We are all “wintering” now through this pandemic. As we welcome good news with the rollout of the vaccines, we also grieve for those we have lost, those who remain ill, and all of us who have had our lives upended. But there WILL be a spring. I am not sure if I ever want to go back to the phrenetic pace of our previous life. 

My whole life has always been about filling up my calendar. I thought this would change once I retired to Florida, but the last five years have been even busier. My days—and in many cases Larry’s as well—were filled with concerts and theater subscriptions and annual Disney passes and movies and dinners out. I scheduled so many events that neither  Larry nor I could keep up, resulting in revelations of upcoming plans mere hours before they occurred. “You were going to tell me about this WHEN?” Larry asked, as he dressed quickly to get to an afternoon tribute band concert being held in our 55+ community. “Sorry, sweetheart,” I responded as I quickly threw on some makeup. “I thought our tickets were for the evening show!”

Our lives were also filled with trips to visit our children as well as to see places on our bucket list. When we weren’t away or running around to our innumerable commitments, we also enjoyed visits from friends and relatives. We refer to  it as “The Tourist Season,” where our sunny home in Florida looked much more enticing than their snow and ice covered homes February through April.

That life as we knew it drastically changed in March.

Our daughter Julie and her family had flown in from Colorado on March 7 for a week, just as COVID cases were beginning to spike. We stayed in a rented cottage on Indian Rocks Beach, celebrated the long distance birth of our grandson on March 8, and enjoyed the sunshine. We felt safe on the sparsely populated beach. Once we got back to  our home, however, we cancelled our plans to visit Disney World and prepared all our meals at home.

On Saturday, as Julie’s husband Sam packed up their rental car for the trip to the airport, Julie pleaded with us to shelter in place until this was over. “Stay home, Mom and Dad,” she begged. “This is really serious.”

Despite her entreaties, my husband Larry and I were still debating whether to attend our community theater group’s production of Deathtrap. “This will be our last foray for a while,” I reasoned. “We should support our friends who put so much time preparing.”

One hour before we were to leave, our son Adam called from California. “If you promise not to go to the play,” he told us, “we will spend the next hour Zooming with you so you can watch your six-day-old grandson.” We complied. Outside of trips to doctors, the supermarket, and small, socially distanced outdoor meetings , we have kept our promise for the past nine months.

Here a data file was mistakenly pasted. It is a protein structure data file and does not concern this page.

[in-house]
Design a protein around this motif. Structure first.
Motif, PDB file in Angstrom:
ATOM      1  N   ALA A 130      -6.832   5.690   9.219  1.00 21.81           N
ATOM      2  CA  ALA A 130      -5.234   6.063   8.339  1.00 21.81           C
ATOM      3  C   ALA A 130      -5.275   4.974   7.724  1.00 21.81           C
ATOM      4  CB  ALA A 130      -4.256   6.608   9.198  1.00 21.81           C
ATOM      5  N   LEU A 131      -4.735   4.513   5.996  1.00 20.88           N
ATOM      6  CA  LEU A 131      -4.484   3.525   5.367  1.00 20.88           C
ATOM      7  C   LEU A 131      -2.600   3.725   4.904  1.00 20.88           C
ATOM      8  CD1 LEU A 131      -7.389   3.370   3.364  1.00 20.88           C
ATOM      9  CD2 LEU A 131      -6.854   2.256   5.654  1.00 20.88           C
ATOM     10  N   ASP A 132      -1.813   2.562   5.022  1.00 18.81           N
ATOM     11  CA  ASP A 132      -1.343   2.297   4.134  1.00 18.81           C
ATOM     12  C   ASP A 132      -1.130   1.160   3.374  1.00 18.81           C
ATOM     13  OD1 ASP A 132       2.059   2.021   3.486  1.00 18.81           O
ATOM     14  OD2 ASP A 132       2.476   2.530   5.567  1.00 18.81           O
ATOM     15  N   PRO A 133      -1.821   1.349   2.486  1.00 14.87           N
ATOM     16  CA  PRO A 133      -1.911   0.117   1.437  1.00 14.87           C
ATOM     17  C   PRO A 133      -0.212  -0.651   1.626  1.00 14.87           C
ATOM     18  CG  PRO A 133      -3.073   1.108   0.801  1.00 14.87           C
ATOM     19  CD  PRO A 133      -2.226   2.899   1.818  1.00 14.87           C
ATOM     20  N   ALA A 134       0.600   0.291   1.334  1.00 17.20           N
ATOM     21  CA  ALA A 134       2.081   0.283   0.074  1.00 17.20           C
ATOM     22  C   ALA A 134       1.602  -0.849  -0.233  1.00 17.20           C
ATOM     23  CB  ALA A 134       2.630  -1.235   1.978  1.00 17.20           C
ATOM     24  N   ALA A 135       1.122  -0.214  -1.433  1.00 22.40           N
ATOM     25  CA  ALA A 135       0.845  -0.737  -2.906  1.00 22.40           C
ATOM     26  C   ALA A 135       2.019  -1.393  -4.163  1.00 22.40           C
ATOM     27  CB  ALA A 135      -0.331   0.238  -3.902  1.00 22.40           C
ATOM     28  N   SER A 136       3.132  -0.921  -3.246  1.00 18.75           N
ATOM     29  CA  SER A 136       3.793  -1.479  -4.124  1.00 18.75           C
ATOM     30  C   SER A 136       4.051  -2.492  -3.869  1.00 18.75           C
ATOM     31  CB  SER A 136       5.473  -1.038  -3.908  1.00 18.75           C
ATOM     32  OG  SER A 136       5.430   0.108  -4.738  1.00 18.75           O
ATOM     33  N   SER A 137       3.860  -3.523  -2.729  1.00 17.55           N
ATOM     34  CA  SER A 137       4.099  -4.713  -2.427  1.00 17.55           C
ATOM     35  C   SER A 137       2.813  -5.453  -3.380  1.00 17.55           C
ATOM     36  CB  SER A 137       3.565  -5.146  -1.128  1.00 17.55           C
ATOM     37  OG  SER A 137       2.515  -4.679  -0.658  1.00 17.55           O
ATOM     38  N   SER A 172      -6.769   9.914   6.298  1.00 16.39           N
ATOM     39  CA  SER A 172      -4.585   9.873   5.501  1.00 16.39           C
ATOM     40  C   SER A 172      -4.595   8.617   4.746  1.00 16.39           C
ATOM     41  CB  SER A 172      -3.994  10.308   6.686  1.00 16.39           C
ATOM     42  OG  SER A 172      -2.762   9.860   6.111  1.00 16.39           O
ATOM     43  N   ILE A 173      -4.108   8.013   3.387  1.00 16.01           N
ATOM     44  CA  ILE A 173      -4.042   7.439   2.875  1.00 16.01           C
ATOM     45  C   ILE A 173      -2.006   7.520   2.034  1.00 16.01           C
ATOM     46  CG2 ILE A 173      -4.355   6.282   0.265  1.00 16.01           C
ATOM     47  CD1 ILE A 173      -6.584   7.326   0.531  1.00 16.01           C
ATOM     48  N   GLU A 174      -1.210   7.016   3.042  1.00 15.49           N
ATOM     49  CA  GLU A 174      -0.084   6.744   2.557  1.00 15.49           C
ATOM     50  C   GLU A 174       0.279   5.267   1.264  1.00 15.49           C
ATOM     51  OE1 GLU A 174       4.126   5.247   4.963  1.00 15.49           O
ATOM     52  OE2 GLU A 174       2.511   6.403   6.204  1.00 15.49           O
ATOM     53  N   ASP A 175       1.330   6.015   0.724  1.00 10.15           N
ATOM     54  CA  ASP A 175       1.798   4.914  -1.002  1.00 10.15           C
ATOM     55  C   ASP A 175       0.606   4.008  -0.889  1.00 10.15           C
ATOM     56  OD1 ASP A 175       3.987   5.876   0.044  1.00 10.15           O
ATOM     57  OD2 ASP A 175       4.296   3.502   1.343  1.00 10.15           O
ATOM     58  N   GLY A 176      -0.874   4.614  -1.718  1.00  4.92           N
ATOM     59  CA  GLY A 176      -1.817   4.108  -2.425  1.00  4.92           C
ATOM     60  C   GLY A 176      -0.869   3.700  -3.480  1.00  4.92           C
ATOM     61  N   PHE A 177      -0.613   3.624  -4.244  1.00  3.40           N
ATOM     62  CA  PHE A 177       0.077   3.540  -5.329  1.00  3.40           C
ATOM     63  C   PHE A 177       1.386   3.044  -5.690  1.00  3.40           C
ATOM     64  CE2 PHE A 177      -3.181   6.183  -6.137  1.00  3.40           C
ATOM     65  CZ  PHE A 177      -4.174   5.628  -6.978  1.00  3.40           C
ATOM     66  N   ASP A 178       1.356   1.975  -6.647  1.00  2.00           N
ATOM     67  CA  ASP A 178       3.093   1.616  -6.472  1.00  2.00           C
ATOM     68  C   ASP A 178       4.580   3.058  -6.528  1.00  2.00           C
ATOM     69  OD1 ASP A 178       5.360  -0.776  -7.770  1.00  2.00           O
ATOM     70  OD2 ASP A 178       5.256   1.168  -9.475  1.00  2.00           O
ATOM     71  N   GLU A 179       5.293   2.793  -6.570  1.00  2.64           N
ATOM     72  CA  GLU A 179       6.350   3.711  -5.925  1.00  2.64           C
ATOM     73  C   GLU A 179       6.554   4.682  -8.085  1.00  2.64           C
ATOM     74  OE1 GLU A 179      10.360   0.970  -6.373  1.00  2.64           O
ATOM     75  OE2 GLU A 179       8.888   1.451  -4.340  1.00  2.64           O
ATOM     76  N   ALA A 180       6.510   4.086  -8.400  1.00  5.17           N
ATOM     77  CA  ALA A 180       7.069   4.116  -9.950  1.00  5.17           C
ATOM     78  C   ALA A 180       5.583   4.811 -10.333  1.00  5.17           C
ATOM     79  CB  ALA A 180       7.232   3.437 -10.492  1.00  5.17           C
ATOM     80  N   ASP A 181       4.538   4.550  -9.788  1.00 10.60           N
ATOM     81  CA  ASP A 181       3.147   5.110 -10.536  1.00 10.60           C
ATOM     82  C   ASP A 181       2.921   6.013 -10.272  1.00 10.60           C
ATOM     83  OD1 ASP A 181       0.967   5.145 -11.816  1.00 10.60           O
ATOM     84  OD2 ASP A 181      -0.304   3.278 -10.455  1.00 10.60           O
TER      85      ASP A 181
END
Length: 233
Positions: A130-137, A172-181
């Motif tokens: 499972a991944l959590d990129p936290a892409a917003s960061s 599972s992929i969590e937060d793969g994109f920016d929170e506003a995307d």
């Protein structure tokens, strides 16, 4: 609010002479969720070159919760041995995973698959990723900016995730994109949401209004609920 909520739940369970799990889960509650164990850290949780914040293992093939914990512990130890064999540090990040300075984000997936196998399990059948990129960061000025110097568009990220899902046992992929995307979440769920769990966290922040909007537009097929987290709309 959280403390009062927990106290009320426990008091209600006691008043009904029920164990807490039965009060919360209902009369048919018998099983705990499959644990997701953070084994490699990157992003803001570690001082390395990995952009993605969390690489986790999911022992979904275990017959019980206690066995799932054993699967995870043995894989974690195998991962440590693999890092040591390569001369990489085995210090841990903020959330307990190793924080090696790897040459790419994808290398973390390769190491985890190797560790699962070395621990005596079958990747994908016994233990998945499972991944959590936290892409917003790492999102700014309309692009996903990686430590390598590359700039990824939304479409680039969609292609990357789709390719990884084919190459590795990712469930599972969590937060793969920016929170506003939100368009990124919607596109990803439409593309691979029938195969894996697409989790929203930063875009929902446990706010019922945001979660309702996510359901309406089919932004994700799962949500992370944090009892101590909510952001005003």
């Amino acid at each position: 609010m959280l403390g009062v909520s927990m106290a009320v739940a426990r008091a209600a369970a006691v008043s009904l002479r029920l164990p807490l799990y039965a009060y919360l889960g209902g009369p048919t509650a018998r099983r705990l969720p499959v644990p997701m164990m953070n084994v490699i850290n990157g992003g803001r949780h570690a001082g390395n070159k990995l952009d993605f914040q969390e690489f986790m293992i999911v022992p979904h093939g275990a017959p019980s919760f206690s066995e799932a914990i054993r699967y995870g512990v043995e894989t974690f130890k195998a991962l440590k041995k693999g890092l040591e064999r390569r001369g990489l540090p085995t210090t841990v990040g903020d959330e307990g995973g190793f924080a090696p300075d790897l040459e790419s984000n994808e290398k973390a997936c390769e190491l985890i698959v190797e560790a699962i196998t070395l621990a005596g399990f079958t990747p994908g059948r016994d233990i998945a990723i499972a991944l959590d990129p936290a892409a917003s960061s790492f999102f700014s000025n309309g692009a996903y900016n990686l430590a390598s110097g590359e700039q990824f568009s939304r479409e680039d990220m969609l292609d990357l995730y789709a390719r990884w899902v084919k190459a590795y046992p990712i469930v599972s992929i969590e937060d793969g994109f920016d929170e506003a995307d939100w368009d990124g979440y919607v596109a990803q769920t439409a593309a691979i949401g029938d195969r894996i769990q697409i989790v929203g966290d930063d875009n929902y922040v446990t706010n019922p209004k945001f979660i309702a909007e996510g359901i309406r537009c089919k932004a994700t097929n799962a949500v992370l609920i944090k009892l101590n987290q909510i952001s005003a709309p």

But maybe, for those of us fortunate enough to have survived 2020 without major physical and financial catastrophes, this year has been a break from our normal “Rush, Rush, Rush” routine. Larry and I have found a new rhythm that has given us respite in unexpected ways.

Each morning, we exercise, sometimes together (bikes, walks) and sometimes on our own (Larry’s pickleball and my swims). After lunch, we spend a leisurely hour or two n the couch doing duplicated crossword puzzles, working silently until one or both of us say, “I need help!” I find time to write while Larry satisfies his passion for history and sports with the help of Google. After dinner, a shared affair, we watch a Netflix or Amazon movie and read. I say a prayer of gratitude every day that I am going through this difficult time with Larry, my soul mate and best friend.

We both have appreciated the power of online technology, allowing us to keep up with far flung family and friends. Adam, and his wife Sarah have kept up their part of the bargain, Face Timing with us several times a week with the camera trained on our ten-month-old grandson. Although we have yet to hold him, we have at least been part of his life, watching him sleep and poop as an infant to seeing him experience applesauce for the first time, pop his first tooth and crawl backwards. 

Thanks to his long, elaborate stories, our five-year-old granddaughter often checks in with Zayde. She asks him to retell the story of how Wicki Wolf was foiled again by the forest denizens, which include “good” wolves, moose, and even a visiting alligator who somehow survives the Colorado winters. Julie and her husband often share the screen. Frequent emailed pictures and videos of both grandchildren keep us further in touch.

True, there are times that I fear we have maxed out on Zoom. Synagogue services and board meetings. Book clubs and writing groups. Planned meet-ups with siblings and cousins and friends. But we still have much more down time that allows us to savor what we have rather than rush to taste something new. Although physically distanced, we have become more emotionally connected with the people for whom we care and even reconnected with those whom we lost touch in the frenzy of busier schedules.

As 2020 end, I know I join millions of others in being glad it is over. A popular meme summarizes those feelings: “2020. One Star. Very Bad. Would not recommend.” I look forward to a healthier, happier, and more huggable 2021. But I also hope that I will retain the lessons I have learned as I experienced my own wintering.

A version of this article originally appeared in the Jewish World News, a bi-weekly subscription-based newspaper in upstate New York, in the , January 7, 2021, issue.